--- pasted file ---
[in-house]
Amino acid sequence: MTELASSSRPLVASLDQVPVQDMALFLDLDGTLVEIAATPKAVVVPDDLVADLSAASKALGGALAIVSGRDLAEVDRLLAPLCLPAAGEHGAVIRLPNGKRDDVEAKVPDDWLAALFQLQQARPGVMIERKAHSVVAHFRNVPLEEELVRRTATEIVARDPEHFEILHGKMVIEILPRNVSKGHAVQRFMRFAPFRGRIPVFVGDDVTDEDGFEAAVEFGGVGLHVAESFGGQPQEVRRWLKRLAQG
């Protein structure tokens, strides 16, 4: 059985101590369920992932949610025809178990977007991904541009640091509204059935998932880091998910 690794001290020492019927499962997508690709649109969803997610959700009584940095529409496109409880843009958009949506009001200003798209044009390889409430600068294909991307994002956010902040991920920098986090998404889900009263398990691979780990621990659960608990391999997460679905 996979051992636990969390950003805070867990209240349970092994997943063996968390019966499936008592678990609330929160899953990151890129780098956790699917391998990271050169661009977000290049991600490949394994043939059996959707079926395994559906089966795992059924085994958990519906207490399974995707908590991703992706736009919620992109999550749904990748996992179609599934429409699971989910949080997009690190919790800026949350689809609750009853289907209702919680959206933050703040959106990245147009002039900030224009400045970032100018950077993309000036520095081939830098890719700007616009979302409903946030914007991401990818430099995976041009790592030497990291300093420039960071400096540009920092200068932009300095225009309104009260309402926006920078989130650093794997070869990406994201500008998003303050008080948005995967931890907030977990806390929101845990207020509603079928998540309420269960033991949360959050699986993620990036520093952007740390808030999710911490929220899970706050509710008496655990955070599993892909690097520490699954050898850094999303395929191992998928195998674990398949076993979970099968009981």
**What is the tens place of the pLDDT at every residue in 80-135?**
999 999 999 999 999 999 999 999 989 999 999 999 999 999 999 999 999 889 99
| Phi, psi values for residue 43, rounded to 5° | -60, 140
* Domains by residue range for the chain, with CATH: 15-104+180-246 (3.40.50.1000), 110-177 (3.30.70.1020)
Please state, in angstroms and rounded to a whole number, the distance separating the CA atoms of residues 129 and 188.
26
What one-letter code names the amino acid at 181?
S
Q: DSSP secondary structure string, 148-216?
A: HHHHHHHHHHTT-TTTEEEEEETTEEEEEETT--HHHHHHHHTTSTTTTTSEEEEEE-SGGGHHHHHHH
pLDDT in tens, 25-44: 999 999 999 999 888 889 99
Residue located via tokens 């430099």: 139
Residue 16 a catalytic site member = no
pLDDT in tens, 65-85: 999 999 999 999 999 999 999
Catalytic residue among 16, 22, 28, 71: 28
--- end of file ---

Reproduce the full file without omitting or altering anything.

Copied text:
[in-house]
Amino acid sequence: MTELASSSRPLVASLDQVPVQDMALFLDLDGTLVEIAATPKAVVVPDDLVADLSAASKALGGALAIVSGRDLAEVDRLLAPLCLPAAGEHGAVIRLPNGKRDDVEAKVPDDWLAALFQLQQARPGVMIERKAHSVVAHFRNVPLEEELVRRTATEIVARDPEHFEILHGKMVIEILPRNVSKGHAVQRFMRFAPFRGRIPVFVGDDVTDEDGFEAAVEFGGVGLHVAESFGGQPQEVRRWLKRLAQG
């Protein structure tokens, strides 16, 4: 059985101590369920992932949610025809178990977007991904541009640091509204059935998932880091998910 690794001290020492019927499962997508690709649109969803997610959700009584940095529409496109409880843009958009949506009001200003798209044009390889409430600068294909991307994002956010902040991920920098986090998404889900009263398990691979780990621990659960608990391999997460679905 996979051992636990969390950003805070867990209240349970092994997943063996968390019966499936008592678990609330929160899953990151890129780098956790699917391998990271050169661009977000290049991600490949394994043939059996959707079926395994559906089966795992059924085994958990519906207490399974995707908590991703992706736009919620992109999550749904990748996992179609599934429409699971989910949080997009690190919790800026949350689809609750009853289907209702919680959206933050703040959106990245147009002039900030224009400045970032100018950077993309000036520095081939830098890719700007616009979302409903946030914007991401990818430099995976041009790592030497990291300093420039960071400096540009920092200068932009300095225009309104009260309402926006920078989130650093794997070869990406994201500008998003303050008080948005995967931890907030977990806390929101845990207020509603079928998540309420269960033991949360959050699986993620990036520093952007740390808030999710911490929220899970706050509710008496655990955070599993892909690097520490699954050898850094999303395929191992998928195998674990398949076993979970099968009981």
**What is the tens place of the pLDDT at every residue in 80-135?**
999 999 999 999 999 999 999 999 989 999 999 999 999 999 999 999 999 889 99
| Phi, psi values for residue 43, rounded to 5° | -60, 140
* Domains by residue range for the chain, with CATH: 15-104+180-246 (3.40.50.1000), 110-177 (3.30.70.1020)
Please state, in angstroms and rounded to a whole number, the distance separating the CA atoms of residues 129 and 188.
26
What one-letter code names the amino acid at 181?
S
Q: DSSP secondary structure string, 148-216?
A: HHHHHHHHHHTT-TTTEEEEEETTEEEEEETT--HHHHHHHHTTSTTTTTSEEEEEE-SGGGHHHHHHH
pLDDT in tens, 25-44: 999 999 999 999 888 889 99
Residue located via tokens 């430099």: 139
Residue 16 a catalytic site member = no
pLDDT in tens, 65-85: 999 999 999 999 999 999 999
Catalytic residue among 16, 22, 28, 71: 28